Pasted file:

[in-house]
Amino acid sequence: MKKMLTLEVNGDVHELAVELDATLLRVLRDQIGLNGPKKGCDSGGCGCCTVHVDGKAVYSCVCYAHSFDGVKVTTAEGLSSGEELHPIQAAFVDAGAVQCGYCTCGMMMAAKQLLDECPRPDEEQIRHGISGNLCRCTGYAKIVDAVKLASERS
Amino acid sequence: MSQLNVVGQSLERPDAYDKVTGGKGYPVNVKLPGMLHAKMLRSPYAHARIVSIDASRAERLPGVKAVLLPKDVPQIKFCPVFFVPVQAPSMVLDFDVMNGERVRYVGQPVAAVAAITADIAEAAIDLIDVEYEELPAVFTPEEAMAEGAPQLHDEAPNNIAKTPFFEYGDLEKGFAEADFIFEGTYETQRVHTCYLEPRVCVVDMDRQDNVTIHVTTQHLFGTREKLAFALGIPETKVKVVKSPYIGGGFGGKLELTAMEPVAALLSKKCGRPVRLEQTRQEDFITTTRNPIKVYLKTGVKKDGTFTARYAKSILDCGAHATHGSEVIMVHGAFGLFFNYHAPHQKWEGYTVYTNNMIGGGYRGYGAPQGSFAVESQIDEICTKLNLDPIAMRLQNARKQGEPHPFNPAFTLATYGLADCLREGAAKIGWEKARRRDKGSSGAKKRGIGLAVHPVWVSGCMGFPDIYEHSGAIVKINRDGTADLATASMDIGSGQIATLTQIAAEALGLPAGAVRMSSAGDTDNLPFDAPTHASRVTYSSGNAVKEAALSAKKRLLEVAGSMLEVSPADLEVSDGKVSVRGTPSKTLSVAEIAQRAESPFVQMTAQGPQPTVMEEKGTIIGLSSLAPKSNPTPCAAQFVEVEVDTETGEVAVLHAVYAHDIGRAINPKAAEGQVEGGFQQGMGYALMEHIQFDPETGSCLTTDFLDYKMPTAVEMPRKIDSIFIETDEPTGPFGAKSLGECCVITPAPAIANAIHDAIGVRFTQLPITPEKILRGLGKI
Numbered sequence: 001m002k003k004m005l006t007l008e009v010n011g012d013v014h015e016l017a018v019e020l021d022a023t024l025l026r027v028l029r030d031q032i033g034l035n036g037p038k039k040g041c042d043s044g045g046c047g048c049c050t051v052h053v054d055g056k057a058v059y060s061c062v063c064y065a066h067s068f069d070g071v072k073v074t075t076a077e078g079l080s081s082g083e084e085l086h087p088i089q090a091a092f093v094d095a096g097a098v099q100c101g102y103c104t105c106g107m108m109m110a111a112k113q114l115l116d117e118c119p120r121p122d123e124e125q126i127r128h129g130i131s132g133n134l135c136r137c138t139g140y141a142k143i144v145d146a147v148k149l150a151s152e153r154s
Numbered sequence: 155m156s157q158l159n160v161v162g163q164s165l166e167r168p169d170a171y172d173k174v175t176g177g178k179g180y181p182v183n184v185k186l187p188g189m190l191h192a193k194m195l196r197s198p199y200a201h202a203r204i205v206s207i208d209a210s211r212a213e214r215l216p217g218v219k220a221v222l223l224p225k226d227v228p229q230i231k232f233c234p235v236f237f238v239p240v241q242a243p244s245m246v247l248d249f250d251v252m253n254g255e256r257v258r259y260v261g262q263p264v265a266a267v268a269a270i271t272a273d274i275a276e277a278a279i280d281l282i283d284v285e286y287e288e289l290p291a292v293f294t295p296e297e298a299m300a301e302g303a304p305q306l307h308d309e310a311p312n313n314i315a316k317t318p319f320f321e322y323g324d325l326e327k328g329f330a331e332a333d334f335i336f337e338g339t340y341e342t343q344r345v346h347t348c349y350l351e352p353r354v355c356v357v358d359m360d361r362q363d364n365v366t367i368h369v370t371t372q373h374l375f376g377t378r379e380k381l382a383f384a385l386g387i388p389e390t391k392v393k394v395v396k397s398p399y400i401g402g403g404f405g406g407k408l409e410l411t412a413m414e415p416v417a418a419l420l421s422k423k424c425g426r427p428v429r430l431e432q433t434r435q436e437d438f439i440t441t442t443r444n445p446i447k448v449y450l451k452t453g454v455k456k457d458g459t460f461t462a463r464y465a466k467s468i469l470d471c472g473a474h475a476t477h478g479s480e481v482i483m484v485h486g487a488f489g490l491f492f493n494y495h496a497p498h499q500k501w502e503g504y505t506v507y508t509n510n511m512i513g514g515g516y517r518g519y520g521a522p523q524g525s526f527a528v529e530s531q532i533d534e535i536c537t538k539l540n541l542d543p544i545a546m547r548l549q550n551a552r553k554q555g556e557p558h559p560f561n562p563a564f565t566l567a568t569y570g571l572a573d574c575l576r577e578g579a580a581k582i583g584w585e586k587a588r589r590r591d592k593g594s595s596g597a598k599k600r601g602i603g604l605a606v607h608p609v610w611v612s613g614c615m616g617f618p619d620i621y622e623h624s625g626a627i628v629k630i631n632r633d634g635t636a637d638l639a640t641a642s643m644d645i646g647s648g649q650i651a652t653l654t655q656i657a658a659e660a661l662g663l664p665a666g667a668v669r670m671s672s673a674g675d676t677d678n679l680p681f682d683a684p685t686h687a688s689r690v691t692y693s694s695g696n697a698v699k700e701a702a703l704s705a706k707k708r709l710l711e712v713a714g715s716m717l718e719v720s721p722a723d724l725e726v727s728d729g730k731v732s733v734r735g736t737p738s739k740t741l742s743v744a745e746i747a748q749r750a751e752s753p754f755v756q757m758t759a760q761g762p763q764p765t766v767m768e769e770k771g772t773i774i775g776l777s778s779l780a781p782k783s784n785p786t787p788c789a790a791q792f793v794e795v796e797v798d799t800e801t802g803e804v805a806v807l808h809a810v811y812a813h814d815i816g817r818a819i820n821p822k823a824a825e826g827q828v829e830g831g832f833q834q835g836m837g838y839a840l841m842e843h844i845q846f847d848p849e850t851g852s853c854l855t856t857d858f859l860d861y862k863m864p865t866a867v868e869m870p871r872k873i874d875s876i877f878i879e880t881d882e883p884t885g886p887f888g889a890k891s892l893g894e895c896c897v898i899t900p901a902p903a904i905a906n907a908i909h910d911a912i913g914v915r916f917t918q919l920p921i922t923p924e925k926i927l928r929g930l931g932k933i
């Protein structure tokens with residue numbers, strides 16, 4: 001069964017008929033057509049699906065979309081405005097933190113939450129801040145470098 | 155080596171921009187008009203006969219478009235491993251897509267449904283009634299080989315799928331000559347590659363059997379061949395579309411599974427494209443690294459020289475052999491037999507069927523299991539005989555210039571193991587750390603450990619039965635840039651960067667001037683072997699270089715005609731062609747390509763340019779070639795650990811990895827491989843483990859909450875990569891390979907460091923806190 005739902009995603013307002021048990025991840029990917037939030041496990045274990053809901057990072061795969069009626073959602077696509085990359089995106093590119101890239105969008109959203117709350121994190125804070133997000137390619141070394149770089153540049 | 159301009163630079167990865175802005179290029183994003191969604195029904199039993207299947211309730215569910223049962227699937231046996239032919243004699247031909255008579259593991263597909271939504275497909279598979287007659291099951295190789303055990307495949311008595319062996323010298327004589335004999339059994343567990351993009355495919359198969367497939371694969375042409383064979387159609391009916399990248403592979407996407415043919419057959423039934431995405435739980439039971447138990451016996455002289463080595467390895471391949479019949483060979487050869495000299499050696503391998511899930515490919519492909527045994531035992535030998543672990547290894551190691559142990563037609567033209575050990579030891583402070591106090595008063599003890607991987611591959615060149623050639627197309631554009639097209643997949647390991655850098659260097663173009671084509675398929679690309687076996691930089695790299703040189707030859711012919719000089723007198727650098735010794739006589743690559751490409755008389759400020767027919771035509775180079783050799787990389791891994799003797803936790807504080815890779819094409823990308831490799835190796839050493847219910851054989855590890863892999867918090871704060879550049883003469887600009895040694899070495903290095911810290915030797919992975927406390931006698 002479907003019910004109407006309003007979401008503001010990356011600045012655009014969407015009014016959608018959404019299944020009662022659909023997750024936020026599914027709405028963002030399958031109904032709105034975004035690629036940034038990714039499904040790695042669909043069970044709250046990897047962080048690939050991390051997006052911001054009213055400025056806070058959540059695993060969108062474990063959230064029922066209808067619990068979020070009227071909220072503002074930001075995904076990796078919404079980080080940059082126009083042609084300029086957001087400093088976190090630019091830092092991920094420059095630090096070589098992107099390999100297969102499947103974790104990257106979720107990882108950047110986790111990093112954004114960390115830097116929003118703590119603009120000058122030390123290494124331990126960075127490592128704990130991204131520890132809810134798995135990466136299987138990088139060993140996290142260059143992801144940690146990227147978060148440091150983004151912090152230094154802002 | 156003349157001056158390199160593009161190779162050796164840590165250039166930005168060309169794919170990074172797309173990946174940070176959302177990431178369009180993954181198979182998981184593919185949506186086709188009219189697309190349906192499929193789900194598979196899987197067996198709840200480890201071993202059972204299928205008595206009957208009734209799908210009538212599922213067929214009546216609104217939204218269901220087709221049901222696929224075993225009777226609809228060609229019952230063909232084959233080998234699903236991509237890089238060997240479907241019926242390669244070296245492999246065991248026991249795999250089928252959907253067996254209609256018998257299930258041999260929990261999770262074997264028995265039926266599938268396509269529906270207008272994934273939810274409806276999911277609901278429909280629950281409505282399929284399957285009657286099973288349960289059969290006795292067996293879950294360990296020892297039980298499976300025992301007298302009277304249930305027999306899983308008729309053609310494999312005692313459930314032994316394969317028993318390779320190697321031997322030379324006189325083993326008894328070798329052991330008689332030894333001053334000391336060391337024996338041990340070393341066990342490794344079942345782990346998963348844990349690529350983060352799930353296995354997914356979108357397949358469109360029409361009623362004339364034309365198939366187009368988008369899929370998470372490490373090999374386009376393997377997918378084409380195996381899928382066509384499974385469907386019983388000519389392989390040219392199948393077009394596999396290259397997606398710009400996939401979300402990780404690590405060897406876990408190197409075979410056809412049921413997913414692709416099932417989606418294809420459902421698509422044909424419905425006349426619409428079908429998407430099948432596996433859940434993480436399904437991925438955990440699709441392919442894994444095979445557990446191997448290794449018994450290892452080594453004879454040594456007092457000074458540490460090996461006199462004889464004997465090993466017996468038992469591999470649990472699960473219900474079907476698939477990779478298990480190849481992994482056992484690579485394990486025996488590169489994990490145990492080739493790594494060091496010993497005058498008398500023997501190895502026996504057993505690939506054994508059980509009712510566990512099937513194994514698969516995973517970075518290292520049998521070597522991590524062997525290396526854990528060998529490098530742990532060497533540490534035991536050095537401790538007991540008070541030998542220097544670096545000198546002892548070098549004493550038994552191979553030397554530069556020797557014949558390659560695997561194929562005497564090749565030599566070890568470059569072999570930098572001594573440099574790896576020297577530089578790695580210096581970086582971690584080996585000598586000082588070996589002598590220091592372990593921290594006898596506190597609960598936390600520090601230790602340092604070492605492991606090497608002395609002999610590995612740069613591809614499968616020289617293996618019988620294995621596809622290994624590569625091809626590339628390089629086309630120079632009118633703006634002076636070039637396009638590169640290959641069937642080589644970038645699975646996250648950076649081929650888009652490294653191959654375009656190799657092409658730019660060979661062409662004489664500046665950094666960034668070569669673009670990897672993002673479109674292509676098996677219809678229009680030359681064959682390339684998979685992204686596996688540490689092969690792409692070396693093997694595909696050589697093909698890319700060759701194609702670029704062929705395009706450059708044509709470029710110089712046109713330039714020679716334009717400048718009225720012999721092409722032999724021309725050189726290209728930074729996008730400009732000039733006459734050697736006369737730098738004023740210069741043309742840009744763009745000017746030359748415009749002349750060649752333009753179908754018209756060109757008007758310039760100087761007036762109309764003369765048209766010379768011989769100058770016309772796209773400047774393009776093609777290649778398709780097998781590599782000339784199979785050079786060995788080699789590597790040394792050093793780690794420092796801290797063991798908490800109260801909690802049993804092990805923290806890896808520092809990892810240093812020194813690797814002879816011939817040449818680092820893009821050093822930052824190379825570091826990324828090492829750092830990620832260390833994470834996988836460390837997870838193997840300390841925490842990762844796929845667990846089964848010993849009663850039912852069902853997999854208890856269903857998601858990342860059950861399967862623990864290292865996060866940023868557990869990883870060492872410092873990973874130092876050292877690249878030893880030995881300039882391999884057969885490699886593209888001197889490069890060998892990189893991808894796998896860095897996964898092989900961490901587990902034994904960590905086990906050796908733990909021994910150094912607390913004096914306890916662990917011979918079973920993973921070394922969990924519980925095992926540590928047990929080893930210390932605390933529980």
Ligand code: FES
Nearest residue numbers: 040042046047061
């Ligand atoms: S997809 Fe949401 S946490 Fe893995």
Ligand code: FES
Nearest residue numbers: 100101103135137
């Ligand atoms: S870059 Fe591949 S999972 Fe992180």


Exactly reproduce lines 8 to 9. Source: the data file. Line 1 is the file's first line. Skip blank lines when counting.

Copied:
Nearest residue numbers: 040042046047061
């Ligand atoms: S997809 Fe949401 S946490 Fe893995």